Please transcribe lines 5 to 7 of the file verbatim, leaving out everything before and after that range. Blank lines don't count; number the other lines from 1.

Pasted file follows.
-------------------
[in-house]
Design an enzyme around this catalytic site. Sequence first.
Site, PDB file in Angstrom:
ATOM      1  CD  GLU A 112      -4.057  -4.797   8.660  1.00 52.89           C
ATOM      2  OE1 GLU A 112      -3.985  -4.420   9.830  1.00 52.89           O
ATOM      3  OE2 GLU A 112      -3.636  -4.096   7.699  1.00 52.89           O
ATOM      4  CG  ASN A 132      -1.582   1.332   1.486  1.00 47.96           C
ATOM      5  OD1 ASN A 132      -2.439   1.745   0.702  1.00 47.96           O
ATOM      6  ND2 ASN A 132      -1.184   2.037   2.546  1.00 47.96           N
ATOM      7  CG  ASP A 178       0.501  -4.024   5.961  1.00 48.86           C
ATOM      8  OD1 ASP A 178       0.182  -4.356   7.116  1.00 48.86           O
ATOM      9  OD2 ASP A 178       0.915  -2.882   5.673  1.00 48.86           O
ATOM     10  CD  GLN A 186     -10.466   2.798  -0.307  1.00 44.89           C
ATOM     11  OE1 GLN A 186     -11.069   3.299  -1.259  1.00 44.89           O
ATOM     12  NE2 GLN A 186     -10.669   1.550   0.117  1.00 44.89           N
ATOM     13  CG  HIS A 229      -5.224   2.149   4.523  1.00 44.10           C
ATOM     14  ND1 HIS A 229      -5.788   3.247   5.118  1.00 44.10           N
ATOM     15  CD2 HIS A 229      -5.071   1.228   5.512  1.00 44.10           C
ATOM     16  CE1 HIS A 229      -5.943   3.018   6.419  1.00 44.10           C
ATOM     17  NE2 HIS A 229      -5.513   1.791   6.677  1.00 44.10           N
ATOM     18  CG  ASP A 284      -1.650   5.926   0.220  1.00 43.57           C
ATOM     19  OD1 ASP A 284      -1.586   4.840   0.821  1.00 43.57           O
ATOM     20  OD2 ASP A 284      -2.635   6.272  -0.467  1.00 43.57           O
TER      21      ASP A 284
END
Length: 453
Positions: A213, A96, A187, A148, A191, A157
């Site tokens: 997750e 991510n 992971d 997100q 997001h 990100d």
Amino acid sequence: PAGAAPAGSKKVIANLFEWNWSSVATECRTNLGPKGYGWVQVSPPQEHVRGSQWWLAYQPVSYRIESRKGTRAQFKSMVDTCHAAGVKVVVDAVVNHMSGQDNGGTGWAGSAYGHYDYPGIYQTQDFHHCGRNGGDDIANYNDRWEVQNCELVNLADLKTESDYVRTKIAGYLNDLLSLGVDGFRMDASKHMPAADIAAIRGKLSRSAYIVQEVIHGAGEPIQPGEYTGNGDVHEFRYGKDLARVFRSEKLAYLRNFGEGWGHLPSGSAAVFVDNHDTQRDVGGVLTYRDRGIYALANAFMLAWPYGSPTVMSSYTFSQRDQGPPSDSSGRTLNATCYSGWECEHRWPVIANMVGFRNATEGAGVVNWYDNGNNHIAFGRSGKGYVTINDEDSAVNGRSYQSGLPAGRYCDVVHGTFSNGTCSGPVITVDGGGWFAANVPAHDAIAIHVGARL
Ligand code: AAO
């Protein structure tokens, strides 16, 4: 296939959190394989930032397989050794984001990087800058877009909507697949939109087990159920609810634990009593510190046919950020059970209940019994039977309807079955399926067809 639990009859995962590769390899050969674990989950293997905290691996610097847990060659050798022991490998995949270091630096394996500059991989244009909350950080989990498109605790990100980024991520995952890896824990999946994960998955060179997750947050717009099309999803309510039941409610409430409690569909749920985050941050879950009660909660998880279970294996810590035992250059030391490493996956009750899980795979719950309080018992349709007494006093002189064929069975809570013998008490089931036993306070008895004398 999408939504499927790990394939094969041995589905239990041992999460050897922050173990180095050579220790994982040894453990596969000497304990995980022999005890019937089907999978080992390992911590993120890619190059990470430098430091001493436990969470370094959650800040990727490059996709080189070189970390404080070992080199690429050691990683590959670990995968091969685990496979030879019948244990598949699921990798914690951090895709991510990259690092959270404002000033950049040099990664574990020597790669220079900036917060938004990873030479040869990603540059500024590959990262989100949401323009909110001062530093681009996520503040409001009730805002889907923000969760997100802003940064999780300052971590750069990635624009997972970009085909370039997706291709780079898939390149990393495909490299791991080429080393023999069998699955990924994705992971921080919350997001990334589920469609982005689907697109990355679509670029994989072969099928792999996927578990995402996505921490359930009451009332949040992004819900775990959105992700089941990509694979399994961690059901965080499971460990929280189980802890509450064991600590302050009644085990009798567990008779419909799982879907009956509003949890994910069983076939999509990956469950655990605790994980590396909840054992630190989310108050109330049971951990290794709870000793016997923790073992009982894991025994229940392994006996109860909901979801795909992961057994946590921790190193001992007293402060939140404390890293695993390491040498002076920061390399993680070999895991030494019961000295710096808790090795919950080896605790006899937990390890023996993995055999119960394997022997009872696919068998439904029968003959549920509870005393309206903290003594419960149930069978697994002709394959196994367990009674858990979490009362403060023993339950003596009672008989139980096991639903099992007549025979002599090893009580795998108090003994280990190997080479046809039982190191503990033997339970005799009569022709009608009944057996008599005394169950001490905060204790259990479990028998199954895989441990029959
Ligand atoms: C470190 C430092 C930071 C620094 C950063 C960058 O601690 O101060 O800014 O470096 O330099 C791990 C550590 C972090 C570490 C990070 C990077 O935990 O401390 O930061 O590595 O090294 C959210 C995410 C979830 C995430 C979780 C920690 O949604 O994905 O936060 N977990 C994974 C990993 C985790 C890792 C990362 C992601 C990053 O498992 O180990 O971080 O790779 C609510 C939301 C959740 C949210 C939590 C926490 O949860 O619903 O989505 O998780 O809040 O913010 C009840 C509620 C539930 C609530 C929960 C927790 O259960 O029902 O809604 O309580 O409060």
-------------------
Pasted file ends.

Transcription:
ATOM      2  OE1 GLU A 112      -3.985  -4.420   9.830  1.00 52.89           O
ATOM      3  OE2 GLU A 112      -3.636  -4.096   7.699  1.00 52.89           O
ATOM      4  CG  ASN A 132      -1.582   1.332   1.486  1.00 47.96           C